Your letter of request indicates to me that you are a very
superior form of Grade 6 student, one for whom I will take
great care and detail in my reply. I'm glad that I need
not talk down to you, and will consider you equivalent to
a 20-year old when I write it!
I always take much interest in corresponding with Canadians,
for I was nearly one, being born just 500 metres from Canada,
in a town of the same name -- Sault Ste. Marie, Michigan,
just across the St. Marys River.
So here is my considered reply. You are free to make any use
you wish of my reply, for no copyrights or other restrictions
apply. You may republish at will, or make any other use.
1) When did you create the Esc key?
Sometime in 1959, during the design of IBM's Stretch computer.
I had been, many years before that, frustrated with the lack
of a lower case alphabet for computers. I was doing what
might be called a very early form of word processing, and I
got tired of reading text in all capitals. As everyone does,
which is why lower case exists, being designed to be easier
The Stretch computer was the first to have an 8-bit byte, as
all previous computers had no more than 6-bit bytes. This
permitted two cases for the alphabet. I was fortunate to be
given the task of designing its character set. But at that
time I had already been profiled in the New Yorker magazine
and Reader's Digest (circa 1957) as predicting that computers
would soon talk to each other via communication lines.
This was not only the impetus for ASCII, but also for a means
to expand the character set(s) far beyond the 256 maximum for
8 bits. We could not go beyond 8 bits then, because that
would be too expensive with the manufacturing technology of
that day (no chips!). So how to accommodate the other symbols
just waiting for computer processing? Chinese, Cyrillic,
European accented letters, many more currency signs, welding
symbols (!), and even the circuit design symbols that computer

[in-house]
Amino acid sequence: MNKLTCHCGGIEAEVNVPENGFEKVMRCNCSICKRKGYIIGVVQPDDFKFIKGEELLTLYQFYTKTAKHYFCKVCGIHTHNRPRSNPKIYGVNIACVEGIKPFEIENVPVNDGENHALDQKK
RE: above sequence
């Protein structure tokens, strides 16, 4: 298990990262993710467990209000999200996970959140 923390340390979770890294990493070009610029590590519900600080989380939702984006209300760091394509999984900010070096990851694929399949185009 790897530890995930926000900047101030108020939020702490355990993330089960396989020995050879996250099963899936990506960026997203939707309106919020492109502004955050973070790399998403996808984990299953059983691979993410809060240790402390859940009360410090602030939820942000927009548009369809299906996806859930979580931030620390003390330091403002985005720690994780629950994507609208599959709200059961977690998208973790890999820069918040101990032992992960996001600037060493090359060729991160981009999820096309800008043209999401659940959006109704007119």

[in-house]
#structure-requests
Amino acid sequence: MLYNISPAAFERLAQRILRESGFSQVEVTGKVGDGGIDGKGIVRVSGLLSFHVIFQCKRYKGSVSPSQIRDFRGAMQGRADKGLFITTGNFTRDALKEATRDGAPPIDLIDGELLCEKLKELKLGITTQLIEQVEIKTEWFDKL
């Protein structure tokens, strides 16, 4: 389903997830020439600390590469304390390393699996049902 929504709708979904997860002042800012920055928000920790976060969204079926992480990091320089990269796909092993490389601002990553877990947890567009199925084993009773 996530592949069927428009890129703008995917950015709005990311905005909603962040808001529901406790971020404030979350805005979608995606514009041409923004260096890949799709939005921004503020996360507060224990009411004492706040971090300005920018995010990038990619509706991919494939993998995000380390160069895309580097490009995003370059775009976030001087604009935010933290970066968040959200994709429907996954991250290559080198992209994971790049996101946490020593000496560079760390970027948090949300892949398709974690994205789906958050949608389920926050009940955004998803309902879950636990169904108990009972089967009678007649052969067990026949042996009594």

engineers themselves used?
So I introduced, as a full-fledged member of the character
set, an escape character that would serve much like a railroad
switch. Character(s) following escape would not be treated as
themselves, but rather as an identifier for a new set of symbols
to replace the standard set -- temporarily, until switched back
to the main line.
Initially, this was to lure the many computer manufacturers,
ALL with different character sets (over 60 then), to adopt a
universal coded set (which became ASCII) without crippling
their own investments in software and data for their own sets,
because they could use the escape to shift back and forth.
Beginning with much the same character group, with different
encoding, this eventually led to NEW and additional character
sets, with the same encoding. And when TV-type screens came
along, escape also worked to move the cursor around, and to
change the display colors. When laser printers were invented,
they too used escape to control which font, which size, which
of regular-bold-italic, etc.
You can find many more detailed stories about escape on my
2) Are you planning to help with the Unicode project?
Actually the man that started the expansion from 8-bit bytes to
16-bit bytes (and on up) was H. MacGregor Ross of the United
Kingdom (although he is pretty much out of that work now).
In early days, ASCII was known in Europe as the Bemer-Ross
There are many competent people from all over the world working
on Unicode now, and I cannot see how I could add much input
to their work. Oddly enough, where once those enthusiasts
claimed that 65,536 characters would suffice forever, they